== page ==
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Black Community Opinions

Local Voices: An Elder’s Advice During Black History Month

As a 76-year-old African-American male, I believe myself to be an “Elder of the Village.” In that regard, I put forth the following ideas, thoughts and (possible) solutions to an “ongoing village crisis” that is threatening and debilitating to our community-society at large.

With the recent rash and upsurge of primarily Black youth violence (assaults, shootings, killings, etc.), something needs to be done…now…immediately. This chaos and disaster cannot be allowed to exist in our (civilized) midst. These perpetrators and instigators are a danger to themselves and to the society at large. They are profoundly at risk and/or endangered, especially as measured by everyone else’s status and situation.

For example, according to almost every national survey and statistical report, young Black males trail young Black females in almost every educational-economical category. Among other things, this “gender-gap” has troubling implications, as Black women will find a shortage of compatible Black men to marry and with whom to build solid families and communities.

Unfortunately, these dire circumstances reveal that these Black men continue to be disproportionately incarcerated, inadequately educated and insufficiently employed, among other things. These particular Black youth continue to be debilitated by criminal activity, substance abuse, sexual irresponsibility, and poor health habits, overall. Saliently put, this represents a bleak futuristic outlook for too many of our young Black males.

Despite this bleak outlook, I sincerely believe these particular youth can be empowered and uplifted. However, they must believe in the truism, “If it is to be, it is up to me!” They must exert a willingness and enthusiasm to be(come) all that they can. They need to understand the required discipline and sacrifices are well worth the eventual benefits and rewards. A spirit of “can do” and “will do” is required of them. Otherwise, these youth need to understand that failure to have a “life’s plan” will bring them shattered dreams, broken promises and hopeless futures.

More poignantly, these youth need to understand that real manhood and true fatherhood are the grass roots and bedrock of family, community, survival, and destiny. It should be understood manhood and fatherhood are intelligence, competence, responsibility commitment, investment, ownership, and empowerment; manhood and fatherhood are head, heart and guts – all located above the waistline; manhood and fatherhood are respecting and protecting your young, your elderly, your family, and your community.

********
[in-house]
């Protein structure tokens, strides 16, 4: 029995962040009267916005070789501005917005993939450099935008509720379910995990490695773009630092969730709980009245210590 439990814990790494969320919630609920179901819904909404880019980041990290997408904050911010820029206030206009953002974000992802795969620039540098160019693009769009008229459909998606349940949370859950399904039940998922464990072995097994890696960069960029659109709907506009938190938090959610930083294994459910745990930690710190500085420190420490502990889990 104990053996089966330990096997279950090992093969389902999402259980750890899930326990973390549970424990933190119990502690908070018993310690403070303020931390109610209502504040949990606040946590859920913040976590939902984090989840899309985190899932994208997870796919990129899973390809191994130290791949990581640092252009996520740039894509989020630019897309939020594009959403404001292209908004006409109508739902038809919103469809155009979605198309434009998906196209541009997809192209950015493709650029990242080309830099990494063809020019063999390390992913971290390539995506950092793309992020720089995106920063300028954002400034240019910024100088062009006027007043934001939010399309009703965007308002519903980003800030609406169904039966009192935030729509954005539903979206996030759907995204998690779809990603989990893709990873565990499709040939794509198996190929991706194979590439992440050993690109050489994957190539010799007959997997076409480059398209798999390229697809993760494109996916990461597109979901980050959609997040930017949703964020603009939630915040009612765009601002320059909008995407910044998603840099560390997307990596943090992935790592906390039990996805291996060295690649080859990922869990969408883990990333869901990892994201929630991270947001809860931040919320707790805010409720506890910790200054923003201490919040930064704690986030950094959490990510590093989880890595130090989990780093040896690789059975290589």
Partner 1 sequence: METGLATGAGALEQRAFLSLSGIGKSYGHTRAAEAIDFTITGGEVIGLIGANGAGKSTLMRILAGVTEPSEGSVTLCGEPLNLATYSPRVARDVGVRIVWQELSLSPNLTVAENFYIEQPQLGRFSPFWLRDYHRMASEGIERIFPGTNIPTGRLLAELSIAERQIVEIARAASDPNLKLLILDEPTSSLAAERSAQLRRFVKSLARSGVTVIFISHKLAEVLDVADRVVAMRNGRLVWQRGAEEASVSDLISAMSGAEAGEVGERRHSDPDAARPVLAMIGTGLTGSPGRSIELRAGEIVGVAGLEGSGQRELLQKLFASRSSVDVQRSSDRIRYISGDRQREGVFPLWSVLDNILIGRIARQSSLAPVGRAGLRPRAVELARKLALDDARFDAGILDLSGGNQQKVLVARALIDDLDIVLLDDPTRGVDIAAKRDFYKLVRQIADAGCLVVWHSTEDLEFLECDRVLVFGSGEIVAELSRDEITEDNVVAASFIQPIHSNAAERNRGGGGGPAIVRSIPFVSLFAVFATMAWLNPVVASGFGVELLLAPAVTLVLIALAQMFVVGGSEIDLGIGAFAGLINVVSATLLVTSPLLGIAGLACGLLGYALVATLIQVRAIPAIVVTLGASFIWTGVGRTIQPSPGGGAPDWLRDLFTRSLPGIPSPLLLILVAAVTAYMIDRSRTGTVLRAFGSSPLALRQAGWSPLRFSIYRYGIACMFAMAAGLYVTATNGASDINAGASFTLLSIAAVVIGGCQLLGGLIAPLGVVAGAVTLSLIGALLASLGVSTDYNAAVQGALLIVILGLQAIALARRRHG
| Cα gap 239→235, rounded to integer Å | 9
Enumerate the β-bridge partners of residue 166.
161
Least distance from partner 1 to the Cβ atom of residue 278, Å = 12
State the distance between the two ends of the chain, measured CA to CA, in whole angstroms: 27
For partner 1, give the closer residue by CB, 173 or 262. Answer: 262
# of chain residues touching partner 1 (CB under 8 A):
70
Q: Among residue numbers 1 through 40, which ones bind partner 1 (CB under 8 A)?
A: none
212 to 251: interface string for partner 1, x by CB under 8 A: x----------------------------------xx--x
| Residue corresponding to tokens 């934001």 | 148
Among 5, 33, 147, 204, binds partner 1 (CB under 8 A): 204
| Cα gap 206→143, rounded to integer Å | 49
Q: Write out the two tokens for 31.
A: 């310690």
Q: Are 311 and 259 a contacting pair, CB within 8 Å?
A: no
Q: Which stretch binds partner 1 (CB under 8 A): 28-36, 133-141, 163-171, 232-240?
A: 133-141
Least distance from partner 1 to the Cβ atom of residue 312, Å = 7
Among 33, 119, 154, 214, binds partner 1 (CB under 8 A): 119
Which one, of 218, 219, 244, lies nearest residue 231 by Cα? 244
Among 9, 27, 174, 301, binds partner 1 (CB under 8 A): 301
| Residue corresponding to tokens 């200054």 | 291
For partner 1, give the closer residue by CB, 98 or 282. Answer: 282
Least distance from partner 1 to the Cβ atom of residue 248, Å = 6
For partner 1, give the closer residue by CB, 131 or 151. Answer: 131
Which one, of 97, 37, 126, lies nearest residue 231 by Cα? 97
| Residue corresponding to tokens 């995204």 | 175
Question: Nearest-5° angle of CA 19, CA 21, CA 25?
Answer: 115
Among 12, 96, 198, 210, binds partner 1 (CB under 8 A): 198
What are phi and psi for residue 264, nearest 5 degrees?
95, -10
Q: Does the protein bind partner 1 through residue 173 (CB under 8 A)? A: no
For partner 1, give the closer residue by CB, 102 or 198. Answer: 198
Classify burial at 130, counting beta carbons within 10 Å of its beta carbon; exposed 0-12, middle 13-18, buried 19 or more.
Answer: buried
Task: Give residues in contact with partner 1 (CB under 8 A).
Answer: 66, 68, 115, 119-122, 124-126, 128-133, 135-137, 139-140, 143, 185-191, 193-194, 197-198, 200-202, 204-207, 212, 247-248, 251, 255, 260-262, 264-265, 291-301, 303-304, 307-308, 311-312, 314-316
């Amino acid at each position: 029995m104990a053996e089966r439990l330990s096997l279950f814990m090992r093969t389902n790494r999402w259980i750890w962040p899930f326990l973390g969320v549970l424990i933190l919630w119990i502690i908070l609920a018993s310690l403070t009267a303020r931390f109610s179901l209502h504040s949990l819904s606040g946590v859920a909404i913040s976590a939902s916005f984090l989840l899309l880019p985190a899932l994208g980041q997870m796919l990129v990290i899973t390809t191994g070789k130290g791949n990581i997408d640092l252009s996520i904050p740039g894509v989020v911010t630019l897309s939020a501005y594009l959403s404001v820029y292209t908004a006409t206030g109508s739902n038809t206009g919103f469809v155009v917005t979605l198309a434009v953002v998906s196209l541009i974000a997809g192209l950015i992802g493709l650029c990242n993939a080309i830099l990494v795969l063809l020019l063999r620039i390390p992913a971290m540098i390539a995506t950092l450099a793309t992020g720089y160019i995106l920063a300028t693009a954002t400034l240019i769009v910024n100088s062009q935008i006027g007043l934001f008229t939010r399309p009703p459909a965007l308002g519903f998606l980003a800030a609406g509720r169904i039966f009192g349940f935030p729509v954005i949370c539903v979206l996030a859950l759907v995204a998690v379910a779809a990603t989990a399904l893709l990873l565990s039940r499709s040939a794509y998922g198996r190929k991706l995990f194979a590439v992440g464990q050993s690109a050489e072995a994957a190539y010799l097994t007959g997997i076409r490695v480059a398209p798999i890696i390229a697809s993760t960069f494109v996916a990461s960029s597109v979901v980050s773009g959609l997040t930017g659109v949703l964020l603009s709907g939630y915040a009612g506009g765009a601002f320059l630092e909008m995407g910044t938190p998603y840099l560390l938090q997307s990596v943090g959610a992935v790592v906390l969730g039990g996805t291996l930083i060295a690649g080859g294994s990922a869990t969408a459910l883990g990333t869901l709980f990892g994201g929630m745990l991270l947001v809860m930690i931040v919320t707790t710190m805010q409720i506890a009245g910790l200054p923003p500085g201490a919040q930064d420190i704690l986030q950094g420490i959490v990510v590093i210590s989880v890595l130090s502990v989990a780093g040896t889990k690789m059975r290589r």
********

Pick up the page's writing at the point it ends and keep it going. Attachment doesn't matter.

Our young Black males have to show a willingness to know something, to be smart, to be curious, and to be willing to learn and accomplish a lot more. While the world they inhabit may not be all fair or just, they must be willing to try. They must learn to give life their all. They must be willing to be “chance-takers” and “opportunity-seekers.”

Somehow we must get these disenchanted youth to believe that sound choices and hard work will bring them personal, familial and professional success.. They must be made to understand they are important to our overall society and are a positive force in our national future.

All of this will require lots of hard work and smart work. To be sure, it is an awesome struggle that lies before these youth; however, nothing worthwhile is ever accomplished or gained without a struggle. As Malcolm X so eloquently stated: “To help yourself, you must respect yourself, educate yourself. Attachment to drugs, alcohol, sexual promiscuity, material goods, and short-term rewards are just a new form of slavery. Liberation comes with health, education, responsibility, financial independence, family stability, and community service …”

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Basically, it will require a grass roots approach for empowering young African-American males. In its beginnings this needs to be an in-house and self-help movement. To paraphrase Paul Robeson, “You cannot expect someone else to do those things for you that you should do for yourself.” Frederick Douglass put it even more saliently, “A man may not get all that he pays for, but he must certainly pay for all that he gets.”

Accordingly, these disillusioned youth need to be encouraged to perform and achieve at their maximum potential. They need to have a more comprehensive understanding of the “forces and realities” that frustrate and debilitate them. While many of these “obstacles” are challenging and complex, they can be overcome.

In summary, I profoundly believe our young African-American males are brave enough, strong enough, determined enough, and smart enough to get the job done. All they need to be successful are their “roots of responsibility” and “wings of wonderment.” Enough said. Let them (and us) now do what needs to be done.

John L. Horton resides in Norfolk and is a frequent contributor to this newspaper.

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